Living in a small town for away from fly fishing shops prior to the availability of online shopping leads to one using what is available, I started tying this fly about 15 years back. I gifted a Slender Mongoose pelt that had met its untimely end while raiding eggs, for quite some time the skin was left nearly forgotten until one day I was looking for slightly longer and spikier fur due to the lack of squirrel fur for the thorax on a Red Fox Squirrel Nymph. After tying a couple of Red Fox Squirrel Nymphs with the mongoose hair I started playing around with this material over time until I settled on this pattern. The tail comes from Golden Pheasant tail I had picked up and the body was from another road kill victim, this time an unfortunate hare that crossed the road at the wrong time. The bead is a clear glass bead. When the caddis are diving back into the water or rising of the surface this is the first fly I tie on, the hot orange collar and the clear glass bead work well together with the spiky thorax simulating movement and a small air bubble. I tie this fly in #12 and fish it mostly with an audible plop and long strips. Takes are often solid as the fish slash at them before they can get away. It also works well as a dropper fly and has caught some decent yellows on the Vaal and Orange River systems.
No 10: Gold Ribbed Hares Ear
An old favorite that probably will keep on working for ever, it is a great searching pattern on the Assegai, it represents a whole range of things from small dragon fly nymphs to mayfly nymphs. Fished on its own or with another heavier pattern rigged New Zealand style it does very well when cast close to standing vegetation or submerged structure where yellows like to hang out. I have over the years made some proven changes to it, to simplify the tying of this pattern. Such as using Peacock Herl for the thorax cover as advocated by Randal Kaufmann and using pheasant hen for the tail. I predominantly use hot orange thread for tying since I believe it doesn’t hurt to have a small hotspot incorporated in the fly for added effectiveness. The Hares Ear in sizes 12 to 14 seem to be the most effective.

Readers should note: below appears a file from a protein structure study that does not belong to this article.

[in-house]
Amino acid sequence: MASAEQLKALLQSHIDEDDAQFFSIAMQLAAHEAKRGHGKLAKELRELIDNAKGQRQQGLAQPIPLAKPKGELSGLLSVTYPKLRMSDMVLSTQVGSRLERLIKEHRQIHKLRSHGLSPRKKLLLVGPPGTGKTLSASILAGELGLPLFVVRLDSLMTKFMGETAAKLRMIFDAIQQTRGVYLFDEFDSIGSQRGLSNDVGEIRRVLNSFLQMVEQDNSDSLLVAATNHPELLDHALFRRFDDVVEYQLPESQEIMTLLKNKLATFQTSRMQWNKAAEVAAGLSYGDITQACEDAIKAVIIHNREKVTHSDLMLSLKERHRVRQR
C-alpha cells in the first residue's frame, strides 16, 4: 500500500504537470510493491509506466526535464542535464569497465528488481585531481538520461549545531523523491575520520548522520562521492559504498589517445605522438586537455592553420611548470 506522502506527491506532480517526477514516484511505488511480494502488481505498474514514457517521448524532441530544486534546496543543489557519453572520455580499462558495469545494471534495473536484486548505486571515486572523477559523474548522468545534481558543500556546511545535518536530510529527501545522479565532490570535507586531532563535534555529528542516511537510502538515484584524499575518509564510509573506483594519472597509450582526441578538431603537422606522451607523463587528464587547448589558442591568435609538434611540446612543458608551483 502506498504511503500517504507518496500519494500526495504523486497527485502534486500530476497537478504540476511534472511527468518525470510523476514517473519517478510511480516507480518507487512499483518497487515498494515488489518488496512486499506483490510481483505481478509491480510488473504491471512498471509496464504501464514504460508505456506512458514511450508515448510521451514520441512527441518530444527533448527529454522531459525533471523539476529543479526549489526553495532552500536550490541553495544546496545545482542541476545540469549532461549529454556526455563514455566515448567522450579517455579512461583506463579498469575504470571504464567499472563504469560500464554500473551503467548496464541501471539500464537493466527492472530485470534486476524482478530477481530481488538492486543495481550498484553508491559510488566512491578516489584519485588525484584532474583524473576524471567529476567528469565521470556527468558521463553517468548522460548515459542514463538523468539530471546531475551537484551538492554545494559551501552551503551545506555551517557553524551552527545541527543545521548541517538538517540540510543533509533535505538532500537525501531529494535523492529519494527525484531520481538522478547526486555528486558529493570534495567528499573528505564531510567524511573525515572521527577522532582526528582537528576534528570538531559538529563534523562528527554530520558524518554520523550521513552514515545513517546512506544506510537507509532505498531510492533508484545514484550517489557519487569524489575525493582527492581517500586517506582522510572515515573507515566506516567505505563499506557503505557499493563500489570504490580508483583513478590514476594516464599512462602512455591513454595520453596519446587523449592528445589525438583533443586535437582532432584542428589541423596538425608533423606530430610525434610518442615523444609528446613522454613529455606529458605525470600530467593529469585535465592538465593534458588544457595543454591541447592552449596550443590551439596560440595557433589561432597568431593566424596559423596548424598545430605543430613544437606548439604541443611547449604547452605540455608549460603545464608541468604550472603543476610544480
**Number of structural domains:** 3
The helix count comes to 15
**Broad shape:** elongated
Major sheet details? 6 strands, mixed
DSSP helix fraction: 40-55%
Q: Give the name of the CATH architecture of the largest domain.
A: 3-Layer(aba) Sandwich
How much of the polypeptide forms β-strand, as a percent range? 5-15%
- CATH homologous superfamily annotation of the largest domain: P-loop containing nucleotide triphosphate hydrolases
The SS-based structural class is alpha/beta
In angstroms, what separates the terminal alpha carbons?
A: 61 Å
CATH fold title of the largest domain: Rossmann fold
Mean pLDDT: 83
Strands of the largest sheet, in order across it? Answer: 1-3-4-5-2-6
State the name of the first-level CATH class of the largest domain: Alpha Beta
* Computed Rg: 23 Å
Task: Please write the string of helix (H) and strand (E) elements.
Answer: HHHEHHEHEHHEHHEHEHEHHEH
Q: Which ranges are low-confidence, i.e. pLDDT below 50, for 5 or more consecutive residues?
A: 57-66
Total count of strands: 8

These ten flies are what I have come to believe in over the years on the Assegai River and other local rivers and wherever I go if there are yellows this box comes along with me.